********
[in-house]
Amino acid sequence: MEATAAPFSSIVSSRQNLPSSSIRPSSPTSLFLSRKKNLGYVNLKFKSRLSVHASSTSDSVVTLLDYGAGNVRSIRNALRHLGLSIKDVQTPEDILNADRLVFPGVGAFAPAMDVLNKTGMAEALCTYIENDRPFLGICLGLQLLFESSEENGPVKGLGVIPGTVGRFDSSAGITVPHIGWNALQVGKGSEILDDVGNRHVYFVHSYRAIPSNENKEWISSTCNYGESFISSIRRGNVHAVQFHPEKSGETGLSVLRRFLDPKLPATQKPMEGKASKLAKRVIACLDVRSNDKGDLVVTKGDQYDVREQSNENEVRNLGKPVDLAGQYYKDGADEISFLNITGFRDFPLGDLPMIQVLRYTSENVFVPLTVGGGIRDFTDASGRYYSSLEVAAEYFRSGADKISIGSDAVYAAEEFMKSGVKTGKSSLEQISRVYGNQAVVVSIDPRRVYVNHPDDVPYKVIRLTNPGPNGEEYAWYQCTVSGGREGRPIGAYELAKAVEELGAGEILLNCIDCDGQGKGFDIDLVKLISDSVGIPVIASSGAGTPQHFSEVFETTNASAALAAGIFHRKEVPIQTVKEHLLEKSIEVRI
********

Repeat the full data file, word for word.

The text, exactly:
[in-house]
Amino acid sequence: MEATAAPFSSIVSSRQNLPSSSIRPSSPTSLFLSRKKNLGYVNLKFKSRLSVHASSTSDSVVTLLDYGAGNVRSIRNALRHLGLSIKDVQTPEDILNADRLVFPGVGAFAPAMDVLNKTGMAEALCTYIENDRPFLGICLGLQLLFESSEENGPVKGLGVIPGTVGRFDSSAGITVPHIGWNALQVGKGSEILDDVGNRHVYFVHSYRAIPSNENKEWISSTCNYGESFISSIRRGNVHAVQFHPEKSGETGLSVLRRFLDPKLPATQKPMEGKASKLAKRVIACLDVRSNDKGDLVVTKGDQYDVREQSNENEVRNLGKPVDLAGQYYKDGADEISFLNITGFRDFPLGDLPMIQVLRYTSENVFVPLTVGGGIRDFTDASGRYYSSLEVAAEYFRSGADKISIGSDAVYAAEEFMKSGVKTGKSSLEQISRVYGNQAVVVSIDPRRVYVNHPDDVPYKVIRLTNPGPNGEEYAWYQCTVSGGREGRPIGAYELAKAVEELGAGEILLNCIDCDGQGKGFDIDLVKLISDSVGIPVIASSGAGTPQHFSEVFETTNASAALAAGIFHRKEVPIQTVKEHLLEKSIEVRI